Site-specific amino-acid preferences are mostly conserved in two closely related protein homologs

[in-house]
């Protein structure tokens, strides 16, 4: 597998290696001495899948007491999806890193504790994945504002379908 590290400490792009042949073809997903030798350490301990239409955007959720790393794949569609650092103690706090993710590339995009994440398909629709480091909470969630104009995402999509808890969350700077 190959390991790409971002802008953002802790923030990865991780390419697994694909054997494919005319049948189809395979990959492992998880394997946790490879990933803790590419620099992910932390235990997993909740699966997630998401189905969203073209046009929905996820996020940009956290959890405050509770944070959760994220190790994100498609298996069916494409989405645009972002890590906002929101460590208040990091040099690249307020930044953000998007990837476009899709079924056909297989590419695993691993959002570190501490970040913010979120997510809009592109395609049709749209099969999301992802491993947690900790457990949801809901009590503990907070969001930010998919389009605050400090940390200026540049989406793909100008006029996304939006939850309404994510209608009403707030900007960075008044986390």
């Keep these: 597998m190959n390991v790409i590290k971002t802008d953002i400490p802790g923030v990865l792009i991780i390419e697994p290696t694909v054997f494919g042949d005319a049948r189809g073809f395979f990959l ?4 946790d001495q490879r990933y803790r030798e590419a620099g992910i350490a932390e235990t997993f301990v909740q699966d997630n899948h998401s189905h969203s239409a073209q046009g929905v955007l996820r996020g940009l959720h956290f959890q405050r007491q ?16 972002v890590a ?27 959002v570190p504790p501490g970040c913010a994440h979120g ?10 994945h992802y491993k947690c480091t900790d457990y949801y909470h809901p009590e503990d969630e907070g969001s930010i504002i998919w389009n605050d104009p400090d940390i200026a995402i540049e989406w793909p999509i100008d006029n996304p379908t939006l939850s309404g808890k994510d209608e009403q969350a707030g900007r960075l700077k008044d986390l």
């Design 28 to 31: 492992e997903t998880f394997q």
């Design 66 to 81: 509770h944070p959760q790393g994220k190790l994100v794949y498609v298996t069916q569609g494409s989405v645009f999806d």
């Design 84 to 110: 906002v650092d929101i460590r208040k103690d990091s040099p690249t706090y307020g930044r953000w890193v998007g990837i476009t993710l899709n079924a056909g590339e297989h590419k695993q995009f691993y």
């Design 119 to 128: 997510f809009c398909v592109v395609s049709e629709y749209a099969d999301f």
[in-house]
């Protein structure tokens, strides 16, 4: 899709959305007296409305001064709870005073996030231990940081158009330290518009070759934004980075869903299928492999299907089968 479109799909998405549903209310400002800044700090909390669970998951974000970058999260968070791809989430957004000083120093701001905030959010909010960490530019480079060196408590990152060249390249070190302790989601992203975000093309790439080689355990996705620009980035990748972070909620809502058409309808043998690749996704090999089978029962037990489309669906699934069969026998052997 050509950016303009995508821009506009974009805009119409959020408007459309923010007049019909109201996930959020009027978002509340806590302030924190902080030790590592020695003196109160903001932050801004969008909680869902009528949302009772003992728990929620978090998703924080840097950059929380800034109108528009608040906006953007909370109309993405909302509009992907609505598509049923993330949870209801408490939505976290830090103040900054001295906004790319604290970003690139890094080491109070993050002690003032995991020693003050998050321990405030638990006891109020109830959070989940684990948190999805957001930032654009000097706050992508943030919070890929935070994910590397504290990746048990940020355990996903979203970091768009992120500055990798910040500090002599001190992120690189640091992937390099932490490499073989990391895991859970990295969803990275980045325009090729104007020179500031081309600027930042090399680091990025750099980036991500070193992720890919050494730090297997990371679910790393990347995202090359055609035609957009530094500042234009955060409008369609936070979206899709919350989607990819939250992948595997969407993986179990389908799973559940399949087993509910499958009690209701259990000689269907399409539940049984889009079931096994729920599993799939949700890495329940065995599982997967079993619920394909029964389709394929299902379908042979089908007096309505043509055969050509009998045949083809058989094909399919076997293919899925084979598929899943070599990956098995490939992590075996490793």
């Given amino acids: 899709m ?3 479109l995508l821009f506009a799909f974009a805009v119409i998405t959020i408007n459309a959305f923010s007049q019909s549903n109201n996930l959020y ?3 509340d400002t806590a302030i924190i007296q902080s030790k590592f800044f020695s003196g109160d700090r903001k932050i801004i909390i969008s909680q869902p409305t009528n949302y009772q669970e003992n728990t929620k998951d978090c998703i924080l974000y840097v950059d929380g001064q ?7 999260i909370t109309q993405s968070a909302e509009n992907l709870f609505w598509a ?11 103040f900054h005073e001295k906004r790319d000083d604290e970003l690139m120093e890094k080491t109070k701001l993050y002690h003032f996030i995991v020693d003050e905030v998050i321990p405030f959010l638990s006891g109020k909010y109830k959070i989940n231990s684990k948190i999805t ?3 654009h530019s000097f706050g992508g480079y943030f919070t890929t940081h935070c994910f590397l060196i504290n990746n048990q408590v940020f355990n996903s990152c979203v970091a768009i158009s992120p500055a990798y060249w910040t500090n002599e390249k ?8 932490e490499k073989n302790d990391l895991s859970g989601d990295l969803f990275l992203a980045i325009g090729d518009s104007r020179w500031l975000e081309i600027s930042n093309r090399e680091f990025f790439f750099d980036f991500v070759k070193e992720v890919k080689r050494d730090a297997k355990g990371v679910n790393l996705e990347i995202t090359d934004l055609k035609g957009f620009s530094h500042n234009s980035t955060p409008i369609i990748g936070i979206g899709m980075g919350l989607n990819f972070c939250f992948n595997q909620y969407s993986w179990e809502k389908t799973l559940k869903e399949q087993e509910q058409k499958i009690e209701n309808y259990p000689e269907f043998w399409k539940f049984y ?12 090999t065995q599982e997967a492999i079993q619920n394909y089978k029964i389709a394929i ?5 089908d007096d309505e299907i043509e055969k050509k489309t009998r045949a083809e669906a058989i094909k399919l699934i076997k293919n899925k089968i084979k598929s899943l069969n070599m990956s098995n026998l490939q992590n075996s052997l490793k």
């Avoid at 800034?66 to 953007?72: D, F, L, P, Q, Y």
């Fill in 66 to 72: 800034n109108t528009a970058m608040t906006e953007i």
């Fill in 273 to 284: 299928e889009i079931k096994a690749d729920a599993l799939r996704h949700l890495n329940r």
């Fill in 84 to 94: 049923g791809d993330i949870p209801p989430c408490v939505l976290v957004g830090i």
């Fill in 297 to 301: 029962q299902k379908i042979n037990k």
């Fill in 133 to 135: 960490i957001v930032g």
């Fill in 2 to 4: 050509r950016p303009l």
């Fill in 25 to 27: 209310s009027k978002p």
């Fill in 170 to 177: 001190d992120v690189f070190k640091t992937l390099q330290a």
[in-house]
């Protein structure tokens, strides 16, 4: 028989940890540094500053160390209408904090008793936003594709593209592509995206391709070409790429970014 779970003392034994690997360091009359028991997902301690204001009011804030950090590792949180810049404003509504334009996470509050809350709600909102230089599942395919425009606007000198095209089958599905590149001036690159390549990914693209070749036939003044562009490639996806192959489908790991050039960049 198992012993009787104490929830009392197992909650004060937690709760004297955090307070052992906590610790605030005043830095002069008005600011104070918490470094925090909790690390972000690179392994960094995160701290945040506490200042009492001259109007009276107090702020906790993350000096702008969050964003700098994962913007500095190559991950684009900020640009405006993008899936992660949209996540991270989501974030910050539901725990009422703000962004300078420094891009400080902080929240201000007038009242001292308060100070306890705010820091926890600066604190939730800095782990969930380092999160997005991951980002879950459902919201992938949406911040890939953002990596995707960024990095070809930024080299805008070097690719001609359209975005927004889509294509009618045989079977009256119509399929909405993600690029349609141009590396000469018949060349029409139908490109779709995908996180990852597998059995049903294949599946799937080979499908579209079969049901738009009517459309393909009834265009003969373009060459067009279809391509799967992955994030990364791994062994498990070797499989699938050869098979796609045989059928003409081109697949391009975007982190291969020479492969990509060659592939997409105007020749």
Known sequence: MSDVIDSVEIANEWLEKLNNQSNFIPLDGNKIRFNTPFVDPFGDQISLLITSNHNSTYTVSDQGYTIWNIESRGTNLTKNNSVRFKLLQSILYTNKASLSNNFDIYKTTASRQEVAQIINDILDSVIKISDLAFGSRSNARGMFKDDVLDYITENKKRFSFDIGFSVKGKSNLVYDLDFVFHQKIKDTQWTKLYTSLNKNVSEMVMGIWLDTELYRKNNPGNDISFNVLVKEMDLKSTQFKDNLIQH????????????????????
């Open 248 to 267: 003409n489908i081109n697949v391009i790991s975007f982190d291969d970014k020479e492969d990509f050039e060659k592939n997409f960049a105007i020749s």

Evolution drives changes in a protein's sequence over time. The extent to which these changes in sequence lead to shifts in the underlying preference for each amino acid at each site is an important question with implications for comparative sequence-analysis methods such as molecular phylogenetics. To quantify the extent that site-specific amino-acid preferences shift during evolution, we performed deep mutational scanning on two homologs of human influenza nucleoprotein with 94% amino-acid identity. We found that only a modest fraction of sites exhibited shifts in amino-acid preferences that exceeded the noise in our experiments. Furthermore, even among sites that did exhibit detectable shifts, the magnitude tended to be small relative to differences between non-homologous proteins. Given the limited change in amino-acid preferences between these close homologs, we tested whether our measurements could inform site-specific substitution models that describe the evolution of nucleoproteins from more diverse influenza viruses. We found that site-specific evolutionary models informed by our experiments greatly outperformed non-site-specific alternatives in fitting phylogenies of nucleoproteins from human, swine, equine, and avian influenza. Combining the experimental data from both homologs improved phylogenetic fit, partly because measurements in multiple genetic contexts better captured the evolutionary average of the amino-acid preferences for sites with shifting preferences. Our results show that site-specific amino-acid preferences are sufficiently conserved that measuring mutational effects in one protein provides information that can improve quantitative evolutionary modeling of nearby homologs.
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